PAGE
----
Manufacturing: In the pharmaceutical industry, biologics are replacing small-molecule drugs. The process for making biologicals is much more complex, so makers of these drugs need to upscale by expanding their footprint or building new facilities.

Transportation: Spending in 2018 was over $50 billion. Projects were not as much for highways as airports, mass transportation and marine ports.


Bowman said megaprojects (those with budgets of $1 billion or more) are growing in size and frequency. The annual value of megaproject starts in the U.S. increased from 3% of total U.S. project starts in 2013 to approximately 33% in 2018, he said. In the U.S., 320 megaprojects have been awarded since 2012, representing $718 billion in investment and another 674 are in the planning stages. Megaproject spending is projected to increase about 600% over the next decade, Bowman said.

Data centers for companies such Amazon and Microsoft account for much of the growth in megaprojects. They can run to a million square feet or more, with budgets of more than $1 billion each. Bowman said the economics on the client side look like this: A client spends $1 on construction, $8 on equipment and achieves a 300% return on investment. Data center construction looks like it will grow at about 11% CAGR over the next 5 years.

Figure3 Construction ShrinkingSchedules

Shorter construction schedules have become a trend for nonresidential projects. Between 2007 and 2019 the average construction schedule for nonresidential projects has fallen considerably. During that time, the average schedule for projects valued at $25 million or more went from 34.5 months to 21.4 months, a reduction of 38%. Meanwhile, projects valued over $250 million reduced their average schedule from 72.6 months to 40.7 months, down 44% (Figure 3).


  • Commercial construction continues but in an uneven manner. It should grow, but at a slower rate, for the next two years.
  • Activity will continue to concentrate in fewer markets. Changes in composition are as important as changes in volume.
  • Data center construction looks like it will grow about 11% CAGR over the next 5 years.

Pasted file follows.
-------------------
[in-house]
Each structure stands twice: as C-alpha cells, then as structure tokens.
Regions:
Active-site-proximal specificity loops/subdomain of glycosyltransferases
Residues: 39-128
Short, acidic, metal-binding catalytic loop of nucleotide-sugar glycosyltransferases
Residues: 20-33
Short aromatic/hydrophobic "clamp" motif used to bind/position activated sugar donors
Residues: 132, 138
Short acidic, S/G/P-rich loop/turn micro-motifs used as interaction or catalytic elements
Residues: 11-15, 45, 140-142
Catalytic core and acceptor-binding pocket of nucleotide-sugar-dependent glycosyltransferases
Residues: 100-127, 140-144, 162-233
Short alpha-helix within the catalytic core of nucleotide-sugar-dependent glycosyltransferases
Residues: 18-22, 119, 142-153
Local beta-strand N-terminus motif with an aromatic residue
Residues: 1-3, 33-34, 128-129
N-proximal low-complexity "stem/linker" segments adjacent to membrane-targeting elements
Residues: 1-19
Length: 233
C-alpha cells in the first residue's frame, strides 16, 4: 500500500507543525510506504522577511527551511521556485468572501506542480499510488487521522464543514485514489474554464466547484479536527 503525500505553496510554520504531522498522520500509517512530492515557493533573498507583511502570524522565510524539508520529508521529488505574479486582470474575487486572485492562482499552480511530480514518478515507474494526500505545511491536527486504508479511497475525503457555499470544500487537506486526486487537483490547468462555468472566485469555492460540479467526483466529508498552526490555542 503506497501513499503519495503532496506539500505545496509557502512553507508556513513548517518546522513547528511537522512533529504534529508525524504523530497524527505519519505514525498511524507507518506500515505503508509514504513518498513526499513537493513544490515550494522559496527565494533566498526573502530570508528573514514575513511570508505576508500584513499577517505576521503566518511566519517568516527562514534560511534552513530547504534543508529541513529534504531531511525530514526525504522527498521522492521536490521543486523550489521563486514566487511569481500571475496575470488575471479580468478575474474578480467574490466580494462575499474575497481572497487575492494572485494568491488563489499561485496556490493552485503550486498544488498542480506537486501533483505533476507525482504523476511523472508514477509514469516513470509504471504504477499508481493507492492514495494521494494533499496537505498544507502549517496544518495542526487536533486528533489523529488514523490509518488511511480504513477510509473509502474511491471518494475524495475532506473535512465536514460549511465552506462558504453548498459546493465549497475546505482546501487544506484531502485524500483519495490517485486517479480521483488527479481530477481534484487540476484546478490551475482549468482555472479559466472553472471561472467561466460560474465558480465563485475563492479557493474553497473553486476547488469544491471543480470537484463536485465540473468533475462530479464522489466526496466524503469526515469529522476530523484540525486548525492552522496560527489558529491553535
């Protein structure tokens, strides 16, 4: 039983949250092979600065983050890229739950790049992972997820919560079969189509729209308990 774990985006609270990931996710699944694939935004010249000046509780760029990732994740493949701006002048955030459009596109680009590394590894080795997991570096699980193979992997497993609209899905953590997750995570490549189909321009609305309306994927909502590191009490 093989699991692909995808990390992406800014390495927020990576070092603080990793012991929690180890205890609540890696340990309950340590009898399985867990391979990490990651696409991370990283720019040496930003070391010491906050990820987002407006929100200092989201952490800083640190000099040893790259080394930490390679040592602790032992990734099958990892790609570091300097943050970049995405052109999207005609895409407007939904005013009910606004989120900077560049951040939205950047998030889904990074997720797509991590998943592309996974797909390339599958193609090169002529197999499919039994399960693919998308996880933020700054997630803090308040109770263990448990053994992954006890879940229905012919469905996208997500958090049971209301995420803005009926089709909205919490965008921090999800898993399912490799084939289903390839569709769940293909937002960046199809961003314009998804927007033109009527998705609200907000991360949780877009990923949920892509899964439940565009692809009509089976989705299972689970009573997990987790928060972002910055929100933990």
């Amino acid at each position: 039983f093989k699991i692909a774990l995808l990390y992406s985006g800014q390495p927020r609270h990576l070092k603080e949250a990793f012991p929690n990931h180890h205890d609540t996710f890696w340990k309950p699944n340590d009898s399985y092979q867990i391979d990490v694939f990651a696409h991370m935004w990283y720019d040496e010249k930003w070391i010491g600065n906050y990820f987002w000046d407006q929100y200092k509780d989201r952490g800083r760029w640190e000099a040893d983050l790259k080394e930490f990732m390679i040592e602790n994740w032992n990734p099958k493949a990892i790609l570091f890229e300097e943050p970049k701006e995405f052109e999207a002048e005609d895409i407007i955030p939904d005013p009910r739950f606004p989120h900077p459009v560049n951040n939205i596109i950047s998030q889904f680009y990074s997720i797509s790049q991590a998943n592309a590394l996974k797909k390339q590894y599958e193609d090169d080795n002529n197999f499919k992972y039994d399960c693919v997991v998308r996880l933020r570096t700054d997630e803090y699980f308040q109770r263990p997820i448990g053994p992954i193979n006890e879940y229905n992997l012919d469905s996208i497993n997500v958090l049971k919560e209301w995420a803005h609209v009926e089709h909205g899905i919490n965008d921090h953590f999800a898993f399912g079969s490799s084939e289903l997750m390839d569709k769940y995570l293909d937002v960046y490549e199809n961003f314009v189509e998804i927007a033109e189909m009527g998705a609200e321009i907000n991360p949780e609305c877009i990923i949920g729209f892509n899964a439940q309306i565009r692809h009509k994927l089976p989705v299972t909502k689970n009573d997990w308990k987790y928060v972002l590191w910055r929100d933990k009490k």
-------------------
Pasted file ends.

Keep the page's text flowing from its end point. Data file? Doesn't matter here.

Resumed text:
• Projects will continue to trend bigger and faster. Megaprojects will become more prevalent.

This email address is being protected from spambots. You need JavaScript enabled to view it. is web editor of VALVE Magazine.

AWWA: 2019 State of the Water Industry

Water industry professionals reported increased optimism about the current health of their industry in a recent report from the American Water Works Association (AWWA). Respondents rated the state of the industry at 4.85 on a scale of 1 to 7, up from 4.47 in the 2018 report and 4.34 in 2017. The trend had been downward for the previous 14 years and has now turned clearly up.

Since 2004, the AWWA has conducted annual surveys to discover the challenges and concerns of water professionals, how these are being addressed and what the trends are in the water/wastewater industry. The recent survey closed in October 2018, after collecting the responses of 2,048 water industry professionals. The State of the Water Industry Report presents the findings.


Table 1 shows the overall ranking of the top 20 issues affecting the water/wastewater industry, based on survey responses. “Renewal and replacement of aging water and wastewater infrastructure” has been number one for the past five years, with “Financing for capital improvements” number two, overall. The ratings on other issues have changed over time. In particular the following challenges moved up in the ranking and gained higher “critical” ratings: